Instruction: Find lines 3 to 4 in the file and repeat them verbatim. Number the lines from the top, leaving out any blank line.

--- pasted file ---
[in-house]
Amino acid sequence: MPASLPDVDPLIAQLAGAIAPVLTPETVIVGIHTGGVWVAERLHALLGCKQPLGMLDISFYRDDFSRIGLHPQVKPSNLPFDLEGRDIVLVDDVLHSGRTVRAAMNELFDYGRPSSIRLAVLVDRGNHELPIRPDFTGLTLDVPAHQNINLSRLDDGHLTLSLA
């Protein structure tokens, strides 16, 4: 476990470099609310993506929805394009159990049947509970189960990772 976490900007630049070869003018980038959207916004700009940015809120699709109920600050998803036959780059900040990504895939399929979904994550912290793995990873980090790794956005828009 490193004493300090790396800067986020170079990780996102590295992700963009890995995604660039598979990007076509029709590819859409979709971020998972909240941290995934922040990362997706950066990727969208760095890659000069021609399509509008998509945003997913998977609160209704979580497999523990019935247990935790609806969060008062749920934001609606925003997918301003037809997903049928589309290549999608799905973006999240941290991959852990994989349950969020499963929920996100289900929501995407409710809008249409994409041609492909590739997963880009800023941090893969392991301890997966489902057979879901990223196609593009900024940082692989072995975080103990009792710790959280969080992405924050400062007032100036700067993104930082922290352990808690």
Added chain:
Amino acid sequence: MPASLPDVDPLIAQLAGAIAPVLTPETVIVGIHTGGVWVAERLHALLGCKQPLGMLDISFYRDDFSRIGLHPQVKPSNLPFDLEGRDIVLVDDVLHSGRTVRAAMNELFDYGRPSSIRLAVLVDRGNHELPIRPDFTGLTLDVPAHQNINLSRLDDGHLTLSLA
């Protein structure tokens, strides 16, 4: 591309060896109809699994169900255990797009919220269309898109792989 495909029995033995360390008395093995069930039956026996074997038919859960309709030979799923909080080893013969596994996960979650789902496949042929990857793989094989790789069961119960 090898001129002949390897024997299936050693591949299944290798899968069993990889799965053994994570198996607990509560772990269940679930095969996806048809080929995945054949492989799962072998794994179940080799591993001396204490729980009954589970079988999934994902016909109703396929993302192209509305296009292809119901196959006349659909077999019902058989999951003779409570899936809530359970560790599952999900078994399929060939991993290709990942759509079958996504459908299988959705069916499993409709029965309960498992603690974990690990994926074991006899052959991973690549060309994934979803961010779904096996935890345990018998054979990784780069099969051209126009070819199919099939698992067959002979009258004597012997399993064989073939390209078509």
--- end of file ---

């Protein structure tokens, strides 16, 4: 476990470099609310993506929805394009159990049947509970189960990772 976490900007630049070869003018980038959207916004700009940015809120699709109920600050998803036959780059900040990504895939399929979904994550912290793995990873980090790794956005828009 490193004493300090790396800067986020170079990780996102590295992700963009890995995604660039598979990007076509029709590819859409979709971020998972909240941290995934922040990362997706950066990727969208760095890659000069021609399509509008998509945003997913998977609160209704979580497999523990019935247990935790609806969060008062749920934001609606925003997918301003037809997903049928589309290549999608799905973006999240941290991959852990994989349950969020499963929920996100289900929501995407409710809008249409994409041609492909590739997963880009800023941090893969392991301890997966489902057979879901990223196609593009900024940082692989072995975080103990009792710790959280969080992405924050400062007032100036700067993104930082922290352990808690």
Added chain: